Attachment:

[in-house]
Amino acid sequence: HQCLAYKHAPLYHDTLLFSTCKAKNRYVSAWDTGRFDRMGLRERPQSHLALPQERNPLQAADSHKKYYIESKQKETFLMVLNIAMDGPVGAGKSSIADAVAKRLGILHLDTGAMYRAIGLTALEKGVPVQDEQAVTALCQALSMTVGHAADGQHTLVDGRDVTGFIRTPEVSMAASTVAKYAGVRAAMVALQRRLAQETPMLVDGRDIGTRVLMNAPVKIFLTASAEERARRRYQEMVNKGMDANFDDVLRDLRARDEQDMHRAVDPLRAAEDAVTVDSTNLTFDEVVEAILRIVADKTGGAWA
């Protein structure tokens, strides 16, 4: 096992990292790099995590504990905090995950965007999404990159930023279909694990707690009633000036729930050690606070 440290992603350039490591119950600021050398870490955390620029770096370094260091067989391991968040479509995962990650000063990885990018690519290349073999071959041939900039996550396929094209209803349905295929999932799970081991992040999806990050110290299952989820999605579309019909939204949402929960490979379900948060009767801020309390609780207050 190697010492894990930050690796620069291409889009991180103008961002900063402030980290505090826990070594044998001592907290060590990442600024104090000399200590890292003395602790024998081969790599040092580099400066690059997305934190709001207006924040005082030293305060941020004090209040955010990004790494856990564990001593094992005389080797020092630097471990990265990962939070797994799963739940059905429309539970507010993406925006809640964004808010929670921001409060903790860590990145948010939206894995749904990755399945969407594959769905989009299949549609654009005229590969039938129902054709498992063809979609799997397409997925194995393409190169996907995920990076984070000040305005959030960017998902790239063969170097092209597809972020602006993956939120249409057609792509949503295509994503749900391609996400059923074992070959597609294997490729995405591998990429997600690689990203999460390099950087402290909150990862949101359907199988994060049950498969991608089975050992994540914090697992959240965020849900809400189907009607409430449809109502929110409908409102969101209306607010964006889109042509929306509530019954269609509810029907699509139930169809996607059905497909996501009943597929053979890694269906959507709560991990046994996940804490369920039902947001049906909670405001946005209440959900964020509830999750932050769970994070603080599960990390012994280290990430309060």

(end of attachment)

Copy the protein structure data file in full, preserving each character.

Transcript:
[in-house]
Amino acid sequence: HQCLAYKHAPLYHDTLLFSTCKAKNRYVSAWDTGRFDRMGLRERPQSHLALPQERNPLQAADSHKKYYIESKQKETFLMVLNIAMDGPVGAGKSSIADAVAKRLGILHLDTGAMYRAIGLTALEKGVPVQDEQAVTALCQALSMTVGHAADGQHTLVDGRDVTGFIRTPEVSMAASTVAKYAGVRAAMVALQRRLAQETPMLVDGRDIGTRVLMNAPVKIFLTASAEERARRRYQEMVNKGMDANFDDVLRDLRARDEQDMHRAVDPLRAAEDAVTVDSTNLTFDEVVEAILRIVADKTGGAWA
């Protein structure tokens, strides 16, 4: 096992990292790099995590504990905090995950965007999404990159930023279909694990707690009633000036729930050690606070 440290992603350039490591119950600021050398870490955390620029770096370094260091067989391991968040479509995962990650000063990885990018690519290349073999071959041939900039996550396929094209209803349905295929999932799970081991992040999806990050110290299952989820999605579309019909939204949402929960490979379900948060009767801020309390609780207050 190697010492894990930050690796620069291409889009991180103008961002900063402030980290505090826990070594044998001592907290060590990442600024104090000399200590890292003395602790024998081969790599040092580099400066690059997305934190709001207006924040005082030293305060941020004090209040955010990004790494856990564990001593094992005389080797020092630097471990990265990962939070797994799963739940059905429309539970507010993406925006809640964004808010929670921001409060903790860590990145948010939206894995749904990755399945969407594959769905989009299949549609654009005229590969039938129902054709498992063809979609799997397409997925194995393409190169996907995920990076984070000040305005959030960017998902790239063969170097092209597809972020602006993956939120249409057609792509949503295509994503749900391609996400059923074992070959597609294997490729995405591998990429997600690689990203999460390099950087402290909150990862949101359907199988994060049950498969991608089975050992994540914090697992959240965020849900809400189907009607409430449809109502929110409908409102969101209306607010964006889109042509929306509530019954269609509810029907699509139930169809996607059905497909996501009943597929053979890694269906959507709560991990046994996940804490369920039902947001049906909670405001946005209440959900964020509830999750932050769970994070603080599960990390012994280290990430309060």